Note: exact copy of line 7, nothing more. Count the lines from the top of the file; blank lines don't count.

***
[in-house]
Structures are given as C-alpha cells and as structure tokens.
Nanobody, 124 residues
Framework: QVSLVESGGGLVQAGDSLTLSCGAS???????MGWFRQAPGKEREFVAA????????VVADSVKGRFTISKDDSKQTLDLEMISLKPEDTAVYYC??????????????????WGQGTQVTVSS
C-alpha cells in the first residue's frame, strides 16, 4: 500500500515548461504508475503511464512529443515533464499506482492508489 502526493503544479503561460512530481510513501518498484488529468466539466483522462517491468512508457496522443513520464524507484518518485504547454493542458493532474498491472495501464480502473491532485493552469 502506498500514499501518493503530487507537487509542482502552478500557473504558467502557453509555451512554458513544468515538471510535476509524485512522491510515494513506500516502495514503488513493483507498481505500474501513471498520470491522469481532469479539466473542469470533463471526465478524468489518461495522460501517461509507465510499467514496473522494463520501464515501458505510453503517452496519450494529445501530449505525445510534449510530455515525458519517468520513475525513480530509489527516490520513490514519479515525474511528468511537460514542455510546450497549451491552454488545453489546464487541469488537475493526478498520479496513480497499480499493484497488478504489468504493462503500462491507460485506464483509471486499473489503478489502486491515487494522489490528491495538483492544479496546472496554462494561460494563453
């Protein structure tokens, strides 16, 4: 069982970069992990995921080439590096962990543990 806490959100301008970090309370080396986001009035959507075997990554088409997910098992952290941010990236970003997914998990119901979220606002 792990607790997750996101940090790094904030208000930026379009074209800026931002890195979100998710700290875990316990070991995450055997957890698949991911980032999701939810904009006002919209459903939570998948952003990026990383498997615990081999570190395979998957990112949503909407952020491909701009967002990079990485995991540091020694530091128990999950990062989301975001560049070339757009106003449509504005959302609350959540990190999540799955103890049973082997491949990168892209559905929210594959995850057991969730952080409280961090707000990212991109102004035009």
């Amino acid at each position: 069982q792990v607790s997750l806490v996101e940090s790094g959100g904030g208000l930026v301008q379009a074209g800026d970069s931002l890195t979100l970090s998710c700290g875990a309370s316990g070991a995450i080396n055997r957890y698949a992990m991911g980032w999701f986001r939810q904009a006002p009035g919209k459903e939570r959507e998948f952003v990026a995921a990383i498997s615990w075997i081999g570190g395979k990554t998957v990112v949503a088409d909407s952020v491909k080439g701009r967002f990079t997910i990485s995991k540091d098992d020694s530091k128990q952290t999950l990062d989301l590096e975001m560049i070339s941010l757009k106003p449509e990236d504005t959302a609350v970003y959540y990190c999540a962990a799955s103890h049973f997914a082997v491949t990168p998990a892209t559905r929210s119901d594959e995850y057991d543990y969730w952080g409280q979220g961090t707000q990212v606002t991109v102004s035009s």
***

């Amino acid at each position: 069982q792990v607790s997750l806490v996101e940090s790094g959100g904030g208000l930026v301008q379009a074209g800026d970069s931002l890195t979100l970090s998710c700290g875990a309370s316990g070991a995450i080396n055997r957890y698949a992990m991911g980032w999701f986001r939810q904009a006002p009035g919209k459903e939570r959507e998948f952003v990026a995921a990383i498997s615990w075997i081999g570190g395979k990554t998957v990112v949503a088409d909407s952020v491909k080439g701009r967002f990079t997910i990485s995991k540091d098992d020694s530091k128990q952290t999950l990062d989301l590096e975001m560049i070339s941010l757009k106003p449509e990236d504005t959302a609350v970003y959540y990190c999540a962990a799955s103890h049973f997914a082997v491949t990168p998990a892209t559905r929210s119901d594959e995850y057991d543990y969730w952080g409280q979220g961090t707000q990212v606002t991109v102004s035009s």